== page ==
Last week, President-elect Barack Obama’s “Yes We Can” slogan became, “Maybe We Can,” when it comes to fixing the economy. That seed of doubt should force the incoming president to re-evaluate his economic stimulus package before pushing it through Congress.
The Obama stimulus package reads like a political compromise giving Republicans and Democrats the two things each holds most dear: tax cuts and spending increases. The rest looks like a retread of campaign policy papers repackaged as a boost to the economy. After all, anything the government does will be good for the economy, some believe.
But will the economic stimulus do anything for the economy? I am afraid that perhaps it can’t. Even if the United States Government spends upwards of a trillion dollars (that it doesn’t have) to get the economy moving, if it isn’t directed to the right places, people may end up saying, “Maybe We Couldn’t”.
The economy’s two largest enemies today are the lack of liquidity in the markets and the lack of consumer credit – both created by debt. Even though equities are cheap, people have no money to invest. Even though retailers are slashing prices, nobody has the disposable income to buy anything. Obama’s economic stimulus should focus on these two obstacles to recovery, and avoid anything which might hinder their repair.
Already the first bullet point, “Immediate Action to Create Good Jobs in America,” is unraveling, as Obama has withdrawn his proposal to create a $3,000 per employee tax credit for small businesses to create new jobs or save existing ones. That leaves increased expensing and the elimination of capital gains taxes for small businesses. These are hardly measured that will get people off the unemployment lines and more government spending.
On the demand side of the equation, the tax breaks given to individuals will only put a dent in people’s economic woes but they’ll break the bank in Washington.
The centerpiece of the Obama plan to help “struggling families” is a permanent payroll tax cut of $500 per person. That’s nice if you have a job, but people going on unemployment won’t benefit, nor will entrepreneurs who are off the payroll tax grid altogether.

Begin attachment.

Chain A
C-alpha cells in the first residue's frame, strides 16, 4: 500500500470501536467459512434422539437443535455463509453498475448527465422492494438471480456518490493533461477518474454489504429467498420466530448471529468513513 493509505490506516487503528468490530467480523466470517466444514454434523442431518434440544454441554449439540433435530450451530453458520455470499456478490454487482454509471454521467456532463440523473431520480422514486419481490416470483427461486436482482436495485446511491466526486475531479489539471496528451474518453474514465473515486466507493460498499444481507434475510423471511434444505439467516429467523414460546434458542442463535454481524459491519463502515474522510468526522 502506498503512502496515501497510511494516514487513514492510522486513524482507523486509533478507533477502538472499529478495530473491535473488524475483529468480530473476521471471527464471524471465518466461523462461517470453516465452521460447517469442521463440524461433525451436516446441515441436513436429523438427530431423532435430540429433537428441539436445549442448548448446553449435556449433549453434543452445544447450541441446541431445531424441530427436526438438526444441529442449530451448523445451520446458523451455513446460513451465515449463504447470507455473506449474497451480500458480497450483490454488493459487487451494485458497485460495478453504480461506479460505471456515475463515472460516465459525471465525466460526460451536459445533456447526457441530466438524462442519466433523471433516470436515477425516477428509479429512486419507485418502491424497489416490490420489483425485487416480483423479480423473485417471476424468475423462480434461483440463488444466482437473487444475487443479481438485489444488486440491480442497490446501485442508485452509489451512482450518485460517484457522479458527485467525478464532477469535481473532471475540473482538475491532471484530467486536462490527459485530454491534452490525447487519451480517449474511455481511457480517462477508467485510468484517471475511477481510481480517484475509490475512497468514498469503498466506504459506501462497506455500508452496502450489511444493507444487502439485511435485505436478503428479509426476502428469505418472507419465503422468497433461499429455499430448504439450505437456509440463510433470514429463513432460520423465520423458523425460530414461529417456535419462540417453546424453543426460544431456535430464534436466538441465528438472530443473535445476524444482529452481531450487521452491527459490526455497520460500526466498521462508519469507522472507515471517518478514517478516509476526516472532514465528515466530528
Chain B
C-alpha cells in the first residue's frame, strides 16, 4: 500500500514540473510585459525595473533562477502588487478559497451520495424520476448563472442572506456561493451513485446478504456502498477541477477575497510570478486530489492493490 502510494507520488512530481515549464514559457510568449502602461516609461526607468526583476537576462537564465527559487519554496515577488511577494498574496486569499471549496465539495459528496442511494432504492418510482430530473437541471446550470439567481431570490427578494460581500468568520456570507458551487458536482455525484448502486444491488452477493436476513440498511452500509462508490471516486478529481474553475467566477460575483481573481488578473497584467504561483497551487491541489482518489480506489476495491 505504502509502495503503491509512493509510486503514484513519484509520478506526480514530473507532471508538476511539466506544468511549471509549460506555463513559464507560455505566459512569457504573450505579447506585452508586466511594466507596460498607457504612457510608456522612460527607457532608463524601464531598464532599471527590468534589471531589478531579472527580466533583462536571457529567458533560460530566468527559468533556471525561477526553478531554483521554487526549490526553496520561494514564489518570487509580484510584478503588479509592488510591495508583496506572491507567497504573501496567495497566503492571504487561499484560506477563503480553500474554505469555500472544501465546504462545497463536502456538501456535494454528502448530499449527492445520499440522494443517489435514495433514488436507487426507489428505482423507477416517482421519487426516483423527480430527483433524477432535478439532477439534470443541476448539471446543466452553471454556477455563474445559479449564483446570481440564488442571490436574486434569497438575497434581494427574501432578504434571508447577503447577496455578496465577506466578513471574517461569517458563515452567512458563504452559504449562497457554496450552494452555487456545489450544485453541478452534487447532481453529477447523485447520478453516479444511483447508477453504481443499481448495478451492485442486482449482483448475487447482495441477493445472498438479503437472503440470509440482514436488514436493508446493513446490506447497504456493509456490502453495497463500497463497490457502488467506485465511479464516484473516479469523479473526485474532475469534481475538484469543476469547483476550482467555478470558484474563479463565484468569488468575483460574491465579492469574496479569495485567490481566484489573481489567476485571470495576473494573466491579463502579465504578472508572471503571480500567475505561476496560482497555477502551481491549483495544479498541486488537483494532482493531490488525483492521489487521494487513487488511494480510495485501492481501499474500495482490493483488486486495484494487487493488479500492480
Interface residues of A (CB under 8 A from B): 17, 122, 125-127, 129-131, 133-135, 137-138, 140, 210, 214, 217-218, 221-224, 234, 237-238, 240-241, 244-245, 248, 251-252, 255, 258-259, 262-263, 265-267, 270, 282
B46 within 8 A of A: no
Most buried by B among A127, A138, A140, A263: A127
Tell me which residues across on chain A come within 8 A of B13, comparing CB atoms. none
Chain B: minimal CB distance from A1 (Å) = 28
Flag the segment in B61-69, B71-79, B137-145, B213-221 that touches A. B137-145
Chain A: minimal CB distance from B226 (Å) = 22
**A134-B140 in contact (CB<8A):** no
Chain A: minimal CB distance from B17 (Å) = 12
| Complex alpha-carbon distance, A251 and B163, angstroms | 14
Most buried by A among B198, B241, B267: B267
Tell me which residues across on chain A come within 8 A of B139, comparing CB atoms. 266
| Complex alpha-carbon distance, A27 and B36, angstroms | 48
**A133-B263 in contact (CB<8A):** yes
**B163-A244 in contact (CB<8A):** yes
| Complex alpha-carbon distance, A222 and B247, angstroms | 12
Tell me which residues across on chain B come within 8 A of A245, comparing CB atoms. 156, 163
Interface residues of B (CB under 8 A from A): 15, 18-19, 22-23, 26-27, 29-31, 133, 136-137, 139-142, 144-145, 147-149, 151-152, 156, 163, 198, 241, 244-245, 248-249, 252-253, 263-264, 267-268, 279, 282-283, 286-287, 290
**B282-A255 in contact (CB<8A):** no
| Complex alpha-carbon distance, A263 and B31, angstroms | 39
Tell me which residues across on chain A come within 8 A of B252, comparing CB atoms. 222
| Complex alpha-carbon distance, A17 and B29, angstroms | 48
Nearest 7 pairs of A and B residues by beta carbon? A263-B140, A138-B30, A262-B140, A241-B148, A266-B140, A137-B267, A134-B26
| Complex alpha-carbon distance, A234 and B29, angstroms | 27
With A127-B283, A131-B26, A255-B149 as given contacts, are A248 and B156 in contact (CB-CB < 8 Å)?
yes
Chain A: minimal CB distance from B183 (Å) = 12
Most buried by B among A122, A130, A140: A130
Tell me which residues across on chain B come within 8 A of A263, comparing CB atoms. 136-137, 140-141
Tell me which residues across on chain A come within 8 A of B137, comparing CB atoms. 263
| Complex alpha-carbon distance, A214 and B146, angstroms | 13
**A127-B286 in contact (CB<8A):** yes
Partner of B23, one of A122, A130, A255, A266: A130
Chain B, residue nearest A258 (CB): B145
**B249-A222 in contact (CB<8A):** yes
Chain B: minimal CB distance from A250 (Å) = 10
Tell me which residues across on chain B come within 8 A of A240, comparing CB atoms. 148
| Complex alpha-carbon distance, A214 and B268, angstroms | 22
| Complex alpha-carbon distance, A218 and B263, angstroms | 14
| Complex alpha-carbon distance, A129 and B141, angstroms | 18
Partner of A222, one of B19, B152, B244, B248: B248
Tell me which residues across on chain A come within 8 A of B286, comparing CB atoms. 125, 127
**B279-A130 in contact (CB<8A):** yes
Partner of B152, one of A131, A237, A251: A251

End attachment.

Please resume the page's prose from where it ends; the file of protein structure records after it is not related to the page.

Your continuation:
What’s more, by reducing payroll taxes instead of income taxes, the plan only expedites the insolvency of the Social Security and Medicare systems, which could be the impetus for our next major financial crisis in America.
All of this and, still, the average benefit to the American worker will be less than ten dollars a week. That’s enough to buy two shares of Citi!
The current economic crisis came about as a result of the burst of the housing bubble. Wall Street bankers assumed – like many homeowners – that housing (like the Internet before it) was different from other markets and that it would always appreciate in value. Wall Street and Washington turned a blind eye as an industry of crooks and liars placed bets on housing. Then they doubled down on their bets and now we are all paying for their losses.
While Obama proposes several measures to help homeowners – putting a temporary band-aid on potential foreclosures and helping people readjust their mortgages – his plan does little to address the symptoms that turned the housing bubble’s burst into a global financial meltdown.
In two years, the reductions in Capital Gains Tax rates passed in 2001 are set to expire. Obama has already said he wants to raise the capital gains rate when he gets a chance, and Congress will surely oblige. That’s a problem for the stock market, however, since it raises the cost of investing. We know that a lot of people lost a lot of money in the stock market in 2008. These are also people who are inclined to invest in the markets – if they had the funds.
So why not accelerate the rate at which investors can deduct capital losses – raising the maximum from $3,000 to $30,000 or $300,000 – and put money into investors pockets immediately? That would inject cash into the stock markets and provide an immediate economic stimulus. What’s more, because marginal tax rates are set to go up in a few years, this scheme would be revenue-positive since today’s losses would be offset against higher tax rates after the Bush tax cuts expire in 2011.
On the consumer side, Washington should consider ways to free up credit for consumers, rather than constrict it. The Obama plan has new regulations on credit card companies and payday lenders which would actually reduce the availability of credit, even if it is done in the name of protecting the consumer.
If Washington wants to help the consumer – and thereby get the retail sector moving again – then it should help the consumer by making interest on consumer credit tax deductible just like mortgage interest, if only in the short term. This would help people pay down their credit card debt and make purchasing a car easier, a measure that would directly benefiting Detroit in a way that other bailouts will not. If Washington is concerned that people won’t put their tax savings to these uses, then administer the tax credits using TARP funds and the banks. Any of these proposals will go much further towards stimulating the economy than a measly $10 a week.
The good news about economies is that they are always cyclical. What goes down will eventually go up, and America will be able to proudly say, “Yes We Did” – whether the government helped or not.